Would you be willing to join me in embracing the #No… hashtag modality, and take each occurrence as an opportunity for a productive and relationship-building mutual exploration of a topic?

– Bob

Further Reading

The Germ Theory of Management ~ Myron Tribus

The Structure of Scientific Revolutions ~ Thomas S. Kuhn

 

More NoTesting

My recent post on No Testing met my needs in that it helped start, and sustain, some interesting face to face conversations at Agile Testing Days 2014 in Potsdam, last week.

Of course, face to face, one can explore a subject and clarify confusions rather more easily than via online channels.

I Can’t Believe It’s Not Testing

Some folks have expressed some incredulity that there might exist strategies – other than “testing” – by which software teams might attend to folks’ needs. These needs including: a quality product, confidence in that quality, and so on. Many of the questions about my post seem to have stemmed from reading it through the lens of “there must be tests, and testing, therefore he must mean…”

So, for clarity, my original post suggests that, yes, we don’t necessarily need testing. Not that testing could be done by others, such as developers. Or at other times, such as before code is written, or even as it is being written. Rather, I suggest that folks’ needs can – in some cases – be met by e.g. more capable developers, more humane relationships,  an Agile Path to Quality, and letting the team make the difference.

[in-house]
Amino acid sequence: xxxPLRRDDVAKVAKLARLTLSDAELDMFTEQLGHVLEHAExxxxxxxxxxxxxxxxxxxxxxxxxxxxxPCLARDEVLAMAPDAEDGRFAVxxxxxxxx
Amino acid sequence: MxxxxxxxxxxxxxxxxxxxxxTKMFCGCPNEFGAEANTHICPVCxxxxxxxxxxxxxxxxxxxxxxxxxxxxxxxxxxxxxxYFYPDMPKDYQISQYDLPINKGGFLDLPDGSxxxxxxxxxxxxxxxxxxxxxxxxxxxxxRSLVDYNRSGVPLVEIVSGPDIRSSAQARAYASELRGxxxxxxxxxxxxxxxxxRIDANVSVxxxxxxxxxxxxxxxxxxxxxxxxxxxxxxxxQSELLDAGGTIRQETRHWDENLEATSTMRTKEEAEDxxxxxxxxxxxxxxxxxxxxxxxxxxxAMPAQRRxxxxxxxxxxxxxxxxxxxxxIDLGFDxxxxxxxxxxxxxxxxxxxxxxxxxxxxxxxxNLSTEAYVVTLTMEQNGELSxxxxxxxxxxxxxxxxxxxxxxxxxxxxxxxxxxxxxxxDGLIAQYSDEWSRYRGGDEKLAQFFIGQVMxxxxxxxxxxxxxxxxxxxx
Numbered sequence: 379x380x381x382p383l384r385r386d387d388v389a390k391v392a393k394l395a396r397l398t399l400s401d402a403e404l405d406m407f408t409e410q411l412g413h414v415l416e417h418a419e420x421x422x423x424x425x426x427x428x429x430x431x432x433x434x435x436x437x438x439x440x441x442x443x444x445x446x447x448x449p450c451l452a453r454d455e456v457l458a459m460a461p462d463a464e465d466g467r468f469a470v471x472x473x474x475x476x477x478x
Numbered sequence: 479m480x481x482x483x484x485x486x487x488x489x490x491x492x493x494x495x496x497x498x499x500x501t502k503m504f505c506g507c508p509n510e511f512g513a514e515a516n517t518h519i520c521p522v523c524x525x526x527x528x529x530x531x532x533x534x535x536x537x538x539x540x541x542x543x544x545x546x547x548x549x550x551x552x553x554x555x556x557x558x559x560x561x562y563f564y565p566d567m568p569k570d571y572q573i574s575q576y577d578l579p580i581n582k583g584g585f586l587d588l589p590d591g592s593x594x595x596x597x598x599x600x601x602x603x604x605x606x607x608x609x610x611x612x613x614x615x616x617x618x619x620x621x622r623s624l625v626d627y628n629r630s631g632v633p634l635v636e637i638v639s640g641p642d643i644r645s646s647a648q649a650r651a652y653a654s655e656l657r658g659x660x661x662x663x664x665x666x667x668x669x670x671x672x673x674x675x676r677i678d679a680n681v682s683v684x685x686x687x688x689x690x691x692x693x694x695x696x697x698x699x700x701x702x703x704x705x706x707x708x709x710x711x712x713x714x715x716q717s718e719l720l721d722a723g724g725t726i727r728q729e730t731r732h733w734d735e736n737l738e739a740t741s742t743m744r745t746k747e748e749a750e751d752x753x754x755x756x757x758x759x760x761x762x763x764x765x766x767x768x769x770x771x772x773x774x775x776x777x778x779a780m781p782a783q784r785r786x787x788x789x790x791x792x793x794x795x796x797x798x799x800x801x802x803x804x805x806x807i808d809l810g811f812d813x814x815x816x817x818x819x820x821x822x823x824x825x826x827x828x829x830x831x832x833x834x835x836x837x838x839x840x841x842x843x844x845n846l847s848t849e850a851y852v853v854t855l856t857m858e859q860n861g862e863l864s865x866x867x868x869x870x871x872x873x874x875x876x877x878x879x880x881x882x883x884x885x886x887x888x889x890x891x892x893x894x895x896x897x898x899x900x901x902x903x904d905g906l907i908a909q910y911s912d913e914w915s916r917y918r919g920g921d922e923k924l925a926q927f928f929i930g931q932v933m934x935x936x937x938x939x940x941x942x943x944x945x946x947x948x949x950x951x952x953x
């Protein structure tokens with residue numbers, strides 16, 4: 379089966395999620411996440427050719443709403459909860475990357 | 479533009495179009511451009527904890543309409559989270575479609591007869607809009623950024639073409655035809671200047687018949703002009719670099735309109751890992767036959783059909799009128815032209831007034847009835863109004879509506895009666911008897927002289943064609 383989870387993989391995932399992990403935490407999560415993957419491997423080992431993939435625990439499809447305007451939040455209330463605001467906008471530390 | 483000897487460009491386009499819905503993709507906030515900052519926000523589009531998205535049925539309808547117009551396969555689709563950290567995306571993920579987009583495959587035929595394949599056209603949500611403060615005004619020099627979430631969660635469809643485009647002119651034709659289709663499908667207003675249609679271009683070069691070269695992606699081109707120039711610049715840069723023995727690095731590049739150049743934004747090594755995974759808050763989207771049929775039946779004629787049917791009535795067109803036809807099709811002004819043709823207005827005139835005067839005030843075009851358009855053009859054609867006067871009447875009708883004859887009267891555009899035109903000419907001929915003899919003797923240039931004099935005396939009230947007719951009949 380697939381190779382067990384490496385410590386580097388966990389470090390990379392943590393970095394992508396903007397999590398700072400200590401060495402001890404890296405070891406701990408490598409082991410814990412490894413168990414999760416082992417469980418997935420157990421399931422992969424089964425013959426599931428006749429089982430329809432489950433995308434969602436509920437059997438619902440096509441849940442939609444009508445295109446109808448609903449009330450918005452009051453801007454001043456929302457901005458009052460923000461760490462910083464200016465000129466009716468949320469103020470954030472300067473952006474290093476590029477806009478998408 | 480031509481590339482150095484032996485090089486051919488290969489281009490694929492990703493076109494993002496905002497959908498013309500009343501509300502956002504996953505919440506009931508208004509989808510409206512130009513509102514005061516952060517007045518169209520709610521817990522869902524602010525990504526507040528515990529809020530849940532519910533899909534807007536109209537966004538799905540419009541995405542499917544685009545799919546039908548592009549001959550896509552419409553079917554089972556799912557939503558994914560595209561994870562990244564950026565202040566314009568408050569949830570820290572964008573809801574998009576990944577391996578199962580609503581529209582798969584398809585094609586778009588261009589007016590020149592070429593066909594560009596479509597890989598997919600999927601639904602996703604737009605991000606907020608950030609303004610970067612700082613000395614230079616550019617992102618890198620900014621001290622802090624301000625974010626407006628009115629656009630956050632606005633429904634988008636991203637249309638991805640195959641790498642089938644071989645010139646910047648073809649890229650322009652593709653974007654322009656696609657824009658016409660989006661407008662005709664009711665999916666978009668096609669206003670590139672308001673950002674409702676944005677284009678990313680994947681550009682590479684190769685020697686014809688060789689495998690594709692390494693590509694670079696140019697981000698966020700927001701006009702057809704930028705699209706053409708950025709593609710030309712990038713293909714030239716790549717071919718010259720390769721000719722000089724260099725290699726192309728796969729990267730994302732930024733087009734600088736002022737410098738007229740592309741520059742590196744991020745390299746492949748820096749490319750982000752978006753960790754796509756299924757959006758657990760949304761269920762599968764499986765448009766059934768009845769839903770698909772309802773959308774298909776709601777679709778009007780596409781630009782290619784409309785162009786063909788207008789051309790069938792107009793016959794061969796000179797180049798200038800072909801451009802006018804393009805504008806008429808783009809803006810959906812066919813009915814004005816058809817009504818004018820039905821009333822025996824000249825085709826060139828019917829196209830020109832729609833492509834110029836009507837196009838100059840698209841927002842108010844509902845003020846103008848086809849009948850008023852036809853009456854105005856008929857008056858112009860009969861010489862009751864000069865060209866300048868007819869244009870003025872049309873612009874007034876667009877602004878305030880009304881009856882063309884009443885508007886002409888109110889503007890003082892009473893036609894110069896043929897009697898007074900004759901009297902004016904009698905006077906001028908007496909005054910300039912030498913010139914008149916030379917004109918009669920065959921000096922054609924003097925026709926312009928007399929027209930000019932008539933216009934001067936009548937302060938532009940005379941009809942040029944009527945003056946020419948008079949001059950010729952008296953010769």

I guess this position is a little closer no “No testing” than some have guessed.

What Happens To The Testers?

Listening at Agile Testing Days, I heard a lot of folks – the majority, testers – expressing frustration, disappointment, etc. about their situations. Specifically, how they felt they could be contributing so much more to their teams and products, if only the opportunity was there.

It strikes me that there are so many “testers” willing and able to do so much more than just “testing”, yet find themselves pigeon-holed into a narrow definition of their role. A number of the conference presentations spoke to this theme, including my own and that of Antony Marcano (links to videos soon).

So, for clarity, I’d suggest that many testers would be fine in a No Testing shop or team, as it affords them opportunities for:

  • more autonomy in attending to folks’ need
  • more scope for mastering software development
  • participating more fully in a broader range of team activities
  • addressing the core purpose of their organisations, teams and products.

– Bob

No Testing

Testing. Checking. Inspection. Exploration. Learning. Everybody has a different understanding of what testing is. And is not. (Hint: AFAIC, it’s NOT “QA”. And it’s NOT “TDD”).